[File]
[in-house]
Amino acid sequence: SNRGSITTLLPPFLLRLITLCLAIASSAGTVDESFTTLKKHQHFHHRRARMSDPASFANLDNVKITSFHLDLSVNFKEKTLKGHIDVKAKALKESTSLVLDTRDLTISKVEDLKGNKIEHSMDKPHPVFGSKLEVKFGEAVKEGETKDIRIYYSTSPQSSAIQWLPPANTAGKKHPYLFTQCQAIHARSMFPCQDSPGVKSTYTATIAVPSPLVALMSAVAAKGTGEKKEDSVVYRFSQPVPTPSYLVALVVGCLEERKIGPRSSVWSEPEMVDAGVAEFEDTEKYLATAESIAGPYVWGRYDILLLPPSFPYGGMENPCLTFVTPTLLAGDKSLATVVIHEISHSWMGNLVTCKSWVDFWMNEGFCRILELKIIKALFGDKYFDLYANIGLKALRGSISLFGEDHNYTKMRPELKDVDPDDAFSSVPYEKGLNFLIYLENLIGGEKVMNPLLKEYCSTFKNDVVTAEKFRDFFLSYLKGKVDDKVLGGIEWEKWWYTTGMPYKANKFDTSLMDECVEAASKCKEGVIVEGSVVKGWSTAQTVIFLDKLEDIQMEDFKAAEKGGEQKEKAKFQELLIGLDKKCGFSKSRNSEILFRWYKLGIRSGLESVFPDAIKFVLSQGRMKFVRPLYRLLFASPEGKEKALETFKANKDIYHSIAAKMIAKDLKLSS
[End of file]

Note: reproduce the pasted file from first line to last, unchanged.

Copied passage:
[in-house]
Amino acid sequence: SNRGSITTLLPPFLLRLITLCLAIASSAGTVDESFTTLKKHQHFHHRRARMSDPASFANLDNVKITSFHLDLSVNFKEKTLKGHIDVKAKALKESTSLVLDTRDLTISKVEDLKGNKIEHSMDKPHPVFGSKLEVKFGEAVKEGETKDIRIYYSTSPQSSAIQWLPPANTAGKKHPYLFTQCQAIHARSMFPCQDSPGVKSTYTATIAVPSPLVALMSAVAAKGTGEKKEDSVVYRFSQPVPTPSYLVALVVGCLEERKIGPRSSVWSEPEMVDAGVAEFEDTEKYLATAESIAGPYVWGRYDILLLPPSFPYGGMENPCLTFVTPTLLAGDKSLATVVIHEISHSWMGNLVTCKSWVDFWMNEGFCRILELKIIKALFGDKYFDLYANIGLKALRGSISLFGEDHNYTKMRPELKDVDPDDAFSSVPYEKGLNFLIYLENLIGGEKVMNPLLKEYCSTFKNDVVTAEKFRDFFLSYLKGKVDDKVLGGIEWEKWWYTTGMPYKANKFDTSLMDECVEAASKCKEGVIVEGSVVKGWSTAQTVIFLDKLEDIQMEDFKAAEKGGEQKEKAKFQELLIGLDKKCGFSKSRNSEILFRWYKLGIRSGLESVFPDAIKFVLSQGRMKFVRPLYRLLFASPEGKEKALETFKANKDIYHSIAAKMIAKDLKLSS